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Prepare Now for Imminent Dangerous Storms from the Mississippi Valley to Alabama

Release Date Release Number
HQ-21-066

WASHINGTON -- The National Oceanic and Atmospheric Administration’s (NOAA) National Weather Service Storm Prediction Center issued a high risk update for today across portions of the Mississippi Valley into Alabama due to the threat of possible strong tornadoes, hail larger than 2 inches and winds above 75 miles per hour, and a moderate risk upgrade was issued for tomorrow.

Conditions across the high-risk area are favorable for strong, long-track tornadoes. This is especially true from northeast Louisiana through northern Mississippi into northwest Alabama.

More than one round of severe storms is possible across parts of Mississippi and Alabama today during the afternoon into the overnight hours. Storms are currently ongoing across portions of western Oklahoma and are expected to continue in coverage, intensity and redevelopment as the system pushes eastward.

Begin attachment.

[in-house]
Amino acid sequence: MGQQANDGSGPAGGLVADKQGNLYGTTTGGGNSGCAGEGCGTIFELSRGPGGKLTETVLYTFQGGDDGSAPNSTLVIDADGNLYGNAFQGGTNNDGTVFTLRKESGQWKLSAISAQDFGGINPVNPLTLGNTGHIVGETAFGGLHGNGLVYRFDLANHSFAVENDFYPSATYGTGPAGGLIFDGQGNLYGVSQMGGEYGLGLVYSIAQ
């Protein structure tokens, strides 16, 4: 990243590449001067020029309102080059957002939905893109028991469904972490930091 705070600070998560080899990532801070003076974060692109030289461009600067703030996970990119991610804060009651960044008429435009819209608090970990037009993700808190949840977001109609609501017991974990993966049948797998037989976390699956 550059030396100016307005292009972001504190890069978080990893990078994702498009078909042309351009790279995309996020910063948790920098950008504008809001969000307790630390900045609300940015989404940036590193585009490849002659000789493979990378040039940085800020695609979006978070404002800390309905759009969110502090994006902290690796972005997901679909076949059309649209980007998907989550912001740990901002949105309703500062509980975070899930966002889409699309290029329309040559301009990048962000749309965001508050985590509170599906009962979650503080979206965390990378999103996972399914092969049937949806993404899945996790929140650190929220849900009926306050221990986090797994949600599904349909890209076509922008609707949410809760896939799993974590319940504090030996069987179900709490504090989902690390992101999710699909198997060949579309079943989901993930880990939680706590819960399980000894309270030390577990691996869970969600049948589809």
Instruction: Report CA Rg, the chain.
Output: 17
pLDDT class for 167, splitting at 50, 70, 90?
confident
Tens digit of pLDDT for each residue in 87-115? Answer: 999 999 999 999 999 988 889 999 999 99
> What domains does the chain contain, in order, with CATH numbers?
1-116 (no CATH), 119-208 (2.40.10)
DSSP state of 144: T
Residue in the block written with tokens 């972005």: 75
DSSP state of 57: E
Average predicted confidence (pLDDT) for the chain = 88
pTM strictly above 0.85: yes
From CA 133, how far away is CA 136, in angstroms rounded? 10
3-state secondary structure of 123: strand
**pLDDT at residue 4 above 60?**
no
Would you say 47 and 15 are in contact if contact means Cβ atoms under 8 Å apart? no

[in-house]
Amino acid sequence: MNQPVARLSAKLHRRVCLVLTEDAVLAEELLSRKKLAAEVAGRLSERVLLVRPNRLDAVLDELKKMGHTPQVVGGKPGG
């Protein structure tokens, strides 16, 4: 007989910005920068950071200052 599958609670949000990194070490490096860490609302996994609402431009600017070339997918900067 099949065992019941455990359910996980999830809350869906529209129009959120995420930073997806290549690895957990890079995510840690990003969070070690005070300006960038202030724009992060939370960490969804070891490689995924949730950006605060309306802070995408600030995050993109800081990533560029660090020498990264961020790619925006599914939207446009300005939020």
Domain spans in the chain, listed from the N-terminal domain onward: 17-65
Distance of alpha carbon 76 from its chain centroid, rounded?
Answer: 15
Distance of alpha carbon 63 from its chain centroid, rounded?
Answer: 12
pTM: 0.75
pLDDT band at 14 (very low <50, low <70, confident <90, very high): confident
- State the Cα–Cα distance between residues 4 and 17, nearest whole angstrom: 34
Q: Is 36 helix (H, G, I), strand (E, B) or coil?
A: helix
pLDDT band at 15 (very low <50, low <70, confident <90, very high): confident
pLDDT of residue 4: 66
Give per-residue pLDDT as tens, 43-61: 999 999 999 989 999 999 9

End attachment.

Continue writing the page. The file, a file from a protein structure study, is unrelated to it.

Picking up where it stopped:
Now is the time to prepare for severe weather

Sign up for your community’s warning system. The Emergency Alert System and National Oceanic and Atmospheric Administration Weather Radio also provide emergency alerts. If you are in the forecast areas, monitor a NOAA Weather Radio and your local news or official social media accounts for updated emergency information. Follow the instructions of state, local and tribal officials. 

Download the free FEMA app (available in English and Spanish) to receive emergency alerts and information so that you and your loved ones know what to do before, during and after disasters. The app provides real-time safety notifications, emergency preparedness tips and disaster resources. The app is available for Apple and Android devices.

Prepare for a tornado and plan where you will go if a tornado watch is issued in your community

Storm cellars, safe rooms or basements provide the best protection. If underground shelter or a safe room is not available, put as many walls as possible between you and the outside. Go to an interior room or hallway on the lowest floor of a sturdy building and stay away from windows and doors.

Most injuries associated with high winds are from flying debris, so remember to protect your head.

Plan to go quickly to a building with a strong foundation, if possible. Motor vehicles, trailers and mobile homes are not good locations to ride out a tornado. If shelter is not available, lie flat in a ditch or other low-lying area. Do not get under an overpass or bridge. You are safer in a low, flat location.

For additional severe weather tips visit Ready.gov.

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Last updated March 17, 2021